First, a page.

You are here

Michael M. Van Bueren House (Gray Craig)

-A A +A
Gray Craig
1926, Harrie T. Lindeberg. 75 Gray Craig Rd.
  • Michael M. Van Bueren House (Gray Craig) (John M. Miller)

Once the farm of one of the earliest families in Middletown, this is surely the town's most spectacular site. Gray Craig, once its grandest estate, was built with a fortune from Standard Oil after the property, originally owned by O. H. P. Belmont, was purchased by the Van Buren family. The approach road winds through a park before reaching a gatehouse with the superbly crafted stone walls and tiled roof which characterize the château-inspired buildings of the estate. Beyond the gate the road rises and winds a bit more before the garden front of the mass of the main house looms into view. It is partially screened by a tall hedge as the road slides by this initial view of the house, between piers topped by peacocks, and up to an arched portecochere off one side of the house. Passengers discharged, cars continue to a garage and kitchen court to the rear with its own family entrance. This approach is made more dramatic by a wall of natural stone that parallels the house beyond its other side—the “gray craig” from which this appropriately severe house (like the farmhouse before it) takes its name.

The house depends for architectural effect first of all on shape rather than ornament. The steep hipped roof of reddish tiles is devoid of dormers; only four chimneys poke through to stake out a claim for the house in its dramatic setting. On either side, stubby blocks, topped with urns, lock with the roof and create transitional elements to the low, gabled wings. Ornament, where it occurs in such austerity, creates maximum effect—especially the enframement of the center door of the garden elevation with its English Baroque segmental pediment on scroll brackets, the scrolls of the brackets echoed in the scrolls of the keystones of the principal windows. Other ornament is limited to wrought iron ornamentation of second-story balconies in the stubby blocks and the urns on top. For the rest, the house depends on craft and proportions. Grass terracing opens to a cut through the woods below to a view of the distant sea. Like John Russell Pope's The Glen in Portsmouth ( PO11) this derives from the smaller country château, with château forms used here even more than at The Glen as motifs for composition rather more then for architectural accuracy. Here, in fact, the influence is rather more English than French, recalling Sir Edwin Lutyens's free handling of château forms in some of his early houses in the mode. The fine interior woodwork of the rooms which front the long cross hall from the portecochere is also predominantly English in inspiration, with some exoticism in interiors, including, in the coatroom, a witty, scroll-like mural of the tribulations of building the house with architects, contractors, decorators, and workmen in Mikado costume, all cowering to Lindeberg as the imperious Poo Bah of the enterprise. In its heyday Gray Craig also included magnificent gardens (probably mostly laid out by Lindeberg)—a walled “secret” garden, an architectural garden with a fantastic sculptural sundial, an orchard as an outdoor theater setting—all worked into a larger naturalistic landscape in which rock outcroppings featured dramatically. Finally, Lindeberg also provided an elaborate kennel with mini-château for its keeper. The specialty—another bit of Orientalism—were purebred Pekinese.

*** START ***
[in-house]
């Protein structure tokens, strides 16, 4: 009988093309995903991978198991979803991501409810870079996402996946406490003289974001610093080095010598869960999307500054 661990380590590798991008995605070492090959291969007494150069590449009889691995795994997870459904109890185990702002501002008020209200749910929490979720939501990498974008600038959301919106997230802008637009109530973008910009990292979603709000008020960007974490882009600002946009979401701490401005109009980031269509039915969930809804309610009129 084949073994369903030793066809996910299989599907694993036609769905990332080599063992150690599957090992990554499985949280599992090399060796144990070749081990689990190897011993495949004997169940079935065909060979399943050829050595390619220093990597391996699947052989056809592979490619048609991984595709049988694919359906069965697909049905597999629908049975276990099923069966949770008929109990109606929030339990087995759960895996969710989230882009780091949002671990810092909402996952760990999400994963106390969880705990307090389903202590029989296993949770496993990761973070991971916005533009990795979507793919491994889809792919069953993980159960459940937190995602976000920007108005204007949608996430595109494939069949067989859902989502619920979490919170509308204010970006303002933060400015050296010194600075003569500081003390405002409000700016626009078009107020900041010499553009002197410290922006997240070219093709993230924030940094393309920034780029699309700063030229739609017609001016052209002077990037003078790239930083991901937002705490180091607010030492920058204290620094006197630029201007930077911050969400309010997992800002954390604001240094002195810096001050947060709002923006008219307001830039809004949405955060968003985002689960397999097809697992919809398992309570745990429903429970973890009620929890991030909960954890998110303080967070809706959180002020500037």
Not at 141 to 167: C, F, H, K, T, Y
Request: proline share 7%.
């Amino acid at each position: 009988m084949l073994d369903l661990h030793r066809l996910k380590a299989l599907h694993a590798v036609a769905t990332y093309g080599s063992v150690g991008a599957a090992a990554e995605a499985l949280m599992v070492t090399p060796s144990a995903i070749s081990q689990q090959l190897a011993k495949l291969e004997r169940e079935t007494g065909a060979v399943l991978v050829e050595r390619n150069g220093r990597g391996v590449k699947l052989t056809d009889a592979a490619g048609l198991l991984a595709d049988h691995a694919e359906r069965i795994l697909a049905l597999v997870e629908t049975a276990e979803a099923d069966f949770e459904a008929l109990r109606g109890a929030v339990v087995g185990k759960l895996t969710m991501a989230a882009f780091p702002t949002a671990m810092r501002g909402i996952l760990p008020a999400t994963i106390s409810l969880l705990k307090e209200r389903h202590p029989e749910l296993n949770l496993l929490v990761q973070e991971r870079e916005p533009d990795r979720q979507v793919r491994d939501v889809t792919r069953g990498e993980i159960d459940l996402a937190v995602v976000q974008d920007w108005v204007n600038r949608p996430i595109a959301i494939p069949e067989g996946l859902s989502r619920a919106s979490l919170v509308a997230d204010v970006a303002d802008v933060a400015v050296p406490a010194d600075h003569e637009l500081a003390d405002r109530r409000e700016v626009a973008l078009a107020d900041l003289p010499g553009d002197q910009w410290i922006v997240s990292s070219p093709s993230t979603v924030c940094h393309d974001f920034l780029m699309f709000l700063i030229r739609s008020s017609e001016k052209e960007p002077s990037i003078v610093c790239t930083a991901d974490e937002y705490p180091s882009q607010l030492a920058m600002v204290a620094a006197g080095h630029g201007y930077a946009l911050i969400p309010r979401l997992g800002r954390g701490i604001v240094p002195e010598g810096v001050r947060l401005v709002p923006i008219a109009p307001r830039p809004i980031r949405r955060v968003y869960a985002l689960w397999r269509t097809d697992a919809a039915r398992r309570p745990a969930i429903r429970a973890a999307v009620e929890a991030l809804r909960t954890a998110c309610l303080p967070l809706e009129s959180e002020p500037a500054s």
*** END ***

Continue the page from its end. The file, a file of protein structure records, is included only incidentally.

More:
Writing Credits

William H. Jordy et al.


What's Nearby


William H. Jordy et al., "Michael M. Van Bueren House (Gray Craig)", [Middletown, Rhode Island], SAH Archipedia, eds. Gabrielle Esperdy and Karen Kingsley, Charlottesville: UVaP, 2012—,

Print Source

Buildings of Rhode Island, William H. Jordy, with Ronald J. Onorato and William McKenzie Woodward. New York: Oxford University Press, 2004, 512-513.

If SAH Archipedia has been useful to you, please consider supporting it.

SAH Archipedia tells the story of the United States through its buildings, landscapes, and cities. This freely available resource empowers the public with authoritative knowledge that deepens their understanding and appreciation of the built environment. But the Society of Architectural Historians, which created SAH Archipedia with University of Virginia Press, needs your support to maintain the high-caliber research, writing, photography, cartography, editing, design, and programming that make SAH Archipedia a trusted online resource available to all who value the history of place, heritage tourism, and learning.